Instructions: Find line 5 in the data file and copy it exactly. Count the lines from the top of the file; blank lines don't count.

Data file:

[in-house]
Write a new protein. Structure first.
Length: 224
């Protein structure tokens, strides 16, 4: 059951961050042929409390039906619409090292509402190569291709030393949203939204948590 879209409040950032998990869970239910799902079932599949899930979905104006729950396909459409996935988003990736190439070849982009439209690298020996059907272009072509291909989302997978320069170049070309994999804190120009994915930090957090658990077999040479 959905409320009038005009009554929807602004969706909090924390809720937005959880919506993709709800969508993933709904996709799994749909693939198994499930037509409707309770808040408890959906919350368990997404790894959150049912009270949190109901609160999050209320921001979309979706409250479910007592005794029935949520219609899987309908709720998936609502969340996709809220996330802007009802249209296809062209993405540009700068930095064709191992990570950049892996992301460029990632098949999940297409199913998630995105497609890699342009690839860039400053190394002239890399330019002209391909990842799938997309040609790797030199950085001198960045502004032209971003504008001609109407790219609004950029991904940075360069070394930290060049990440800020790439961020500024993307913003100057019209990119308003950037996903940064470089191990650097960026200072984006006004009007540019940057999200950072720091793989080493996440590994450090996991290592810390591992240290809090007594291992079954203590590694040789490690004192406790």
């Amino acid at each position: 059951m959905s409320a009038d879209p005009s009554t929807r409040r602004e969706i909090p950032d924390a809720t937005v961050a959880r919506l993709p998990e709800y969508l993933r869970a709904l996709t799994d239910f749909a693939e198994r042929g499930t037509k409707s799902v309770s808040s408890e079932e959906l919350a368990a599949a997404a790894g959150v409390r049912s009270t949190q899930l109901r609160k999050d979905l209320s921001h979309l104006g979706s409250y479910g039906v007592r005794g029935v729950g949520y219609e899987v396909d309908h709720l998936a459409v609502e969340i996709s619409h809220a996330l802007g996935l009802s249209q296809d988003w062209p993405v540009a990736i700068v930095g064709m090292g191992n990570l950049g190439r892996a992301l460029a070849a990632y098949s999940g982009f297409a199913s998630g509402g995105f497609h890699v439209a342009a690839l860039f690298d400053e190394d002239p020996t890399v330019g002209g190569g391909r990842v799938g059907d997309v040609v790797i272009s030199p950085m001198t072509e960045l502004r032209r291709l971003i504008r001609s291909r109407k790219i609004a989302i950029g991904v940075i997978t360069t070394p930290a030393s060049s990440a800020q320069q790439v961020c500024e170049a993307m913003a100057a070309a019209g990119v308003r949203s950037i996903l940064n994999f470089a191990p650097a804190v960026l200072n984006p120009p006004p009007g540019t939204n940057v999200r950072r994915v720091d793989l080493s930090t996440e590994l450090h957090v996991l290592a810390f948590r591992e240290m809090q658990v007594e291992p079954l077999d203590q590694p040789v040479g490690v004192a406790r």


């Amino acid at each position: 059951m959905s409320a009038d879209p005009s009554t929807r409040r602004e969706i909090p950032d924390a809720t937005v961050a959880r919506l993709p998990e709800y969508l993933r869970a709904l996709t799994d239910f749909a693939e198994r042929g499930t037509k409707s799902v309770s808040s408890e079932e959906l919350a368990a599949a997404a790894g959150v409390r049912s009270t949190q899930l109901r609160k999050d979905l209320s921001h979309l104006g979706s409250y479910g039906v007592r005794g029935v729950g949520y219609e899987v396909d309908h709720l998936a459409v609502e969340i996709s619409h809220a996330l802007g996935l009802s249209q296809d988003w062209p993405v540009a990736i700068v930095g064709m090292g191992n990570l950049g190439r892996a992301l460029a070849a990632y098949s999940g982009f297409a199913s998630g509402g995105f497609h890699v439209a342009a690839l860039f690298d400053e190394d002239p020996t890399v330019g002209g190569g391909r990842v799938g059907d997309v040609v790797i272009s030199p950085m001198t072509e960045l502004r032209r291709l971003i504008r001609s291909r109407k790219i609004a989302i950029g991904v940075i997978t360069t070394p930290a030393s060049s990440a800020q320069q790439v961020c500024e170049a993307m913003a100057a070309a019209g990119v308003r949203s950037i996903l940064n994999f470089a191990p650097a804190v960026l200072n984006p120009p006004p009007g540019t939204n940057v999200r950072r994915v720091d793989l080493s930090t996440e590994l450090h957090v996991l290592a810390f948590r591992e240290m809090q658990v007594e291992p079954l077999d203590q590694p040789v040479g490690v004192a406790r």